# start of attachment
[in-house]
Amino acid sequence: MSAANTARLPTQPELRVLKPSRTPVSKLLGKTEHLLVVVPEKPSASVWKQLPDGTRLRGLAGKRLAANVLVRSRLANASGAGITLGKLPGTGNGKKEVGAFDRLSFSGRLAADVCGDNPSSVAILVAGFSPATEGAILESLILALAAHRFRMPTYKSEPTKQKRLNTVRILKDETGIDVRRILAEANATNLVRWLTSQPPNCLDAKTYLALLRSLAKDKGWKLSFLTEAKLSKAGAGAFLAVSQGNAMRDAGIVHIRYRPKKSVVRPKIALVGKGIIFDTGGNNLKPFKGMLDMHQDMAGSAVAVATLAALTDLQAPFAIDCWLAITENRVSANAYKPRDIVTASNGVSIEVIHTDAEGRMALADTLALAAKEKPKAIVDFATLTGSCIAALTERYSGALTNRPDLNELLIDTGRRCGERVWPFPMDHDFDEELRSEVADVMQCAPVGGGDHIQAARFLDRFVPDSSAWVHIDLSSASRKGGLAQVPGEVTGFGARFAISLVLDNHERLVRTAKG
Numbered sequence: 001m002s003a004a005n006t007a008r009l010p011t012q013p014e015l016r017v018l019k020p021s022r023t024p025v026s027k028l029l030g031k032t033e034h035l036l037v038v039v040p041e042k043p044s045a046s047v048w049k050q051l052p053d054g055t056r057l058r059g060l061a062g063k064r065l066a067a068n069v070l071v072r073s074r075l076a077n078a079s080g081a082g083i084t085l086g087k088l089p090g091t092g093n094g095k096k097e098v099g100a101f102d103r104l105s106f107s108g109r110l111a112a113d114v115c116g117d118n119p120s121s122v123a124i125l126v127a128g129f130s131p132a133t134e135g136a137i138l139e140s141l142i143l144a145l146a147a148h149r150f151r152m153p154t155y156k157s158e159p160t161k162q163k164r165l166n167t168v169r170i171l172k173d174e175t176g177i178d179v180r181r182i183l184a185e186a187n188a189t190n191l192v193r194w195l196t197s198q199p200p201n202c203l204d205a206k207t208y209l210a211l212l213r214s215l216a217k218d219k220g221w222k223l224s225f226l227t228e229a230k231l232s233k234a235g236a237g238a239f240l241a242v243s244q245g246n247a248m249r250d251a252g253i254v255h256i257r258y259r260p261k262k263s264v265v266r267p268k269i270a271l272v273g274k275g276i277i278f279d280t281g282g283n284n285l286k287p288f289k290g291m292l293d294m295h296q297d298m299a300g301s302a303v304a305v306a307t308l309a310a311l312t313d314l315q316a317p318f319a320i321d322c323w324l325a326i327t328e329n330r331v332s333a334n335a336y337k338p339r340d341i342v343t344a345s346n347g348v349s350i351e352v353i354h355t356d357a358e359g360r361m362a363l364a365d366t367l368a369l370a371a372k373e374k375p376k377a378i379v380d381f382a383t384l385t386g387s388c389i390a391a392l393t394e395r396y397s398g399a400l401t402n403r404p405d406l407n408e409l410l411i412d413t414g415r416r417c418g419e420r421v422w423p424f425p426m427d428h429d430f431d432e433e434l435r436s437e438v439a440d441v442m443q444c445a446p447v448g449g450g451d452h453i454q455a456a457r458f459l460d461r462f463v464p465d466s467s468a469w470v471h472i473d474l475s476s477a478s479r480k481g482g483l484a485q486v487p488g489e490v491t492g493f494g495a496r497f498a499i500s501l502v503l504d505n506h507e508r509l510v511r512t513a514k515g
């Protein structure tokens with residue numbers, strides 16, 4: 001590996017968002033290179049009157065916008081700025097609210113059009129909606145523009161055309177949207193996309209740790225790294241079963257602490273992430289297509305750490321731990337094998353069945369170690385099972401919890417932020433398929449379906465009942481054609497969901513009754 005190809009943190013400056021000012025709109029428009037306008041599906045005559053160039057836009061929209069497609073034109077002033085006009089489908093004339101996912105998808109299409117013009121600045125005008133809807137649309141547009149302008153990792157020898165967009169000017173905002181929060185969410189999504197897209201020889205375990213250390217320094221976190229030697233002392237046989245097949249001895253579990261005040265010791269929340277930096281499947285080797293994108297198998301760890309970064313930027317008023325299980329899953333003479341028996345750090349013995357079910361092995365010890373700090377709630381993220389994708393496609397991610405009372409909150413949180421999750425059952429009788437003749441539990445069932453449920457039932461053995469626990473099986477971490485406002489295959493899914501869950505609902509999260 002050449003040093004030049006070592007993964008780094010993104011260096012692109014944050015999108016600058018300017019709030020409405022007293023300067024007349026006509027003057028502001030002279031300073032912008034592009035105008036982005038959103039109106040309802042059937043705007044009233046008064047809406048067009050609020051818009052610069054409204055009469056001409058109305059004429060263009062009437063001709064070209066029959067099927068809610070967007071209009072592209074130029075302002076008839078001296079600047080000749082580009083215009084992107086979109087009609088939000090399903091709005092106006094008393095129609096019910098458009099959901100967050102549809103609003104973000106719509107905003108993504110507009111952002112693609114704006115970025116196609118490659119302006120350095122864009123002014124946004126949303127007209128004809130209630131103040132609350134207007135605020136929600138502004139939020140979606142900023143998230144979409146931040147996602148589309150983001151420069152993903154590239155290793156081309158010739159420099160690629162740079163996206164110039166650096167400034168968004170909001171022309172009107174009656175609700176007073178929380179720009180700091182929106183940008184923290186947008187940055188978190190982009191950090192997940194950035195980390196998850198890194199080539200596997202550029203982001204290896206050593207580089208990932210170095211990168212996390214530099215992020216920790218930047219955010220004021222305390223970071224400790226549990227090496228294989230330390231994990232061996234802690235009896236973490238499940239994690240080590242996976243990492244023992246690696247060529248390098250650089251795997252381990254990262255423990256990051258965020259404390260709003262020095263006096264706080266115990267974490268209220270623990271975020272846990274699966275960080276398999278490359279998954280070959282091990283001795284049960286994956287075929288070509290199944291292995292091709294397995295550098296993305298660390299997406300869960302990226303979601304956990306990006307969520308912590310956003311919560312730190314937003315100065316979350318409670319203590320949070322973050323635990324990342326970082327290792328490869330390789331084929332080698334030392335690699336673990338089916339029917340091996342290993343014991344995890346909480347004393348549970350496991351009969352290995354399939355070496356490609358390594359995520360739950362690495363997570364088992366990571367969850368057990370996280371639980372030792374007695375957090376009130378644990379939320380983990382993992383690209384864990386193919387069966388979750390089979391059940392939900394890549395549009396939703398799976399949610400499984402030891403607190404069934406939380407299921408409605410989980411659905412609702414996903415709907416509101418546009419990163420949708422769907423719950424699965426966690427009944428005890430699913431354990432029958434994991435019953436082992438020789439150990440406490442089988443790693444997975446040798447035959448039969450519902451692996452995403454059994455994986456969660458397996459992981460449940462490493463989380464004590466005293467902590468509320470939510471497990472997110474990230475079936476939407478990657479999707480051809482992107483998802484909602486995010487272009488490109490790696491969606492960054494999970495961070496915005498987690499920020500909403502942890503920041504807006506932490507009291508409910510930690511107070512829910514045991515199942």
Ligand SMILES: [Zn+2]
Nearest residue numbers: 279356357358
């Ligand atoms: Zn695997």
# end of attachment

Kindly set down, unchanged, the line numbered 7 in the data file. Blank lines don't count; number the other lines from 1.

């Ligand atoms: Zn695997």